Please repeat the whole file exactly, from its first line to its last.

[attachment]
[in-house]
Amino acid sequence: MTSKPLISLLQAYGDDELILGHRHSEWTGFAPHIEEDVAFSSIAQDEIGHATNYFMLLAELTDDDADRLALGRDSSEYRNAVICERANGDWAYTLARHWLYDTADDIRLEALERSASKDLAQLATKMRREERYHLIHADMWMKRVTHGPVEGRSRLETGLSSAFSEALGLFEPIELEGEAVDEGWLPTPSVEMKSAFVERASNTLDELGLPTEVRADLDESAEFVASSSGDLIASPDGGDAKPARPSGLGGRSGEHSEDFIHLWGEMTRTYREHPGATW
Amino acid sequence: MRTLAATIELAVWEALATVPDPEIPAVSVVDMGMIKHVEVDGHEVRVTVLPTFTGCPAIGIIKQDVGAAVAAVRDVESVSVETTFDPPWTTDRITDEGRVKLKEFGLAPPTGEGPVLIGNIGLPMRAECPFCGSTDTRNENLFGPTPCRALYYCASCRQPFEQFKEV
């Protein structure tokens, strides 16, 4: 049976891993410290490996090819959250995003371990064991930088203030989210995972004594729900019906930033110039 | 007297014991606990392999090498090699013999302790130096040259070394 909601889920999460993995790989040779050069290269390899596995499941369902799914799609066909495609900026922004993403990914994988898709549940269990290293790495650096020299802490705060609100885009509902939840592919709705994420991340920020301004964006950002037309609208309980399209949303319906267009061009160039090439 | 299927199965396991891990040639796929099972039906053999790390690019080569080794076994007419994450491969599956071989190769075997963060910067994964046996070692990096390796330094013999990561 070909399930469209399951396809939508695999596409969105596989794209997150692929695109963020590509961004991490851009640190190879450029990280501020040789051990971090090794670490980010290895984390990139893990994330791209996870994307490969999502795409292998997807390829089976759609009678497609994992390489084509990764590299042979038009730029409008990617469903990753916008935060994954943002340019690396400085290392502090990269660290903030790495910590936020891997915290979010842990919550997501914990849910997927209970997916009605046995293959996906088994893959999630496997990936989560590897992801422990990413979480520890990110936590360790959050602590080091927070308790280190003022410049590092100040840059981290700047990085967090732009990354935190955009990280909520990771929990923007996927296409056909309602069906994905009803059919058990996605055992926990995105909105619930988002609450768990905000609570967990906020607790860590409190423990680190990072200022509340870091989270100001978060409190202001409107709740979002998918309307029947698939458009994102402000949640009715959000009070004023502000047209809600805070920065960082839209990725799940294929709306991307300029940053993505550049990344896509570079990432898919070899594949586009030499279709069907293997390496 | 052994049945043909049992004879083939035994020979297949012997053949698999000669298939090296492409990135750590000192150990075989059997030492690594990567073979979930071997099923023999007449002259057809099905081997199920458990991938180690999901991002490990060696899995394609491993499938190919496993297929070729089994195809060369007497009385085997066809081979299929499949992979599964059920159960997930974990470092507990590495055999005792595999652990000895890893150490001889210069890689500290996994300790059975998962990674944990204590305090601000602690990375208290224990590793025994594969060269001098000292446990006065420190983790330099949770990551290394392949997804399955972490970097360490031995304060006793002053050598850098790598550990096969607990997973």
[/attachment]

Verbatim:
[in-house]
Amino acid sequence: MTSKPLISLLQAYGDDELILGHRHSEWTGFAPHIEEDVAFSSIAQDEIGHATNYFMLLAELTDDDADRLALGRDSSEYRNAVICERANGDWAYTLARHWLYDTADDIRLEALERSASKDLAQLATKMRREERYHLIHADMWMKRVTHGPVEGRSRLETGLSSAFSEALGLFEPIELEGEAVDEGWLPTPSVEMKSAFVERASNTLDELGLPTEVRADLDESAEFVASSSGDLIASPDGGDAKPARPSGLGGRSGEHSEDFIHLWGEMTRTYREHPGATW
Amino acid sequence: MRTLAATIELAVWEALATVPDPEIPAVSVVDMGMIKHVEVDGHEVRVTVLPTFTGCPAIGIIKQDVGAAVAAVRDVESVSVETTFDPPWTTDRITDEGRVKLKEFGLAPPTGEGPVLIGNIGLPMRAECPFCGSTDTRNENLFGPTPCRALYYCASCRQPFEQFKEV
């Protein structure tokens, strides 16, 4: 049976891993410290490996090819959250995003371990064991930088203030989210995972004594729900019906930033110039 | 007297014991606990392999090498090699013999302790130096040259070394 909601889920999460993995790989040779050069290269390899596995499941369902799914799609066909495609900026922004993403990914994988898709549940269990290293790495650096020299802490705060609100885009509902939840592919709705994420991340920020301004964006950002037309609208309980399209949303319906267009061009160039090439 | 299927199965396991891990040639796929099972039906053999790390690019080569080794076994007419994450491969599956071989190769075997963060910067994964046996070692990096390796330094013999990561 070909399930469209399951396809939508695999596409969105596989794209997150692929695109963020590509961004991490851009640190190879450029990280501020040789051990971090090794670490980010290895984390990139893990994330791209996870994307490969999502795409292998997807390829089976759609009678497609994992390489084509990764590299042979038009730029409008990617469903990753916008935060994954943002340019690396400085290392502090990269660290903030790495910590936020891997915290979010842990919550997501914990849910997927209970997916009605046995293959996906088994893959999630496997990936989560590897992801422990990413979480520890990110936590360790959050602590080091927070308790280190003022410049590092100040840059981290700047990085967090732009990354935190955009990280909520990771929990923007996927296409056909309602069906994905009803059919058990996605055992926990995105909105619930988002609450768990905000609570967990906020607790860590409190423990680190990072200022509340870091989270100001978060409190202001409107709740979002998918309307029947698939458009994102402000949640009715959000009070004023502000047209809600805070920065960082839209990725799940294929709306991307300029940053993505550049990344896509570079990432898919070899594949586009030499279709069907293997390496 | 052994049945043909049992004879083939035994020979297949012997053949698999000669298939090296492409990135750590000192150990075989059997030492690594990567073979979930071997099923023999007449002259057809099905081997199920458990991938180690999901991002490990060696899995394609491993499938190919496993297929070729089994195809060369007497009385085997066809081979299929499949992979599964059920159960997930974990470092507990590495055999005792595999652990000895890893150490001889210069890689500290996994300790059975998962990674944990204590305090601000602690990375208290224990590793025994594969060269001098000292446990006065420190983790330099949770990551290394392949997804399955972490970097360490031995304060006793002053050598850098790598550990096969607990997973």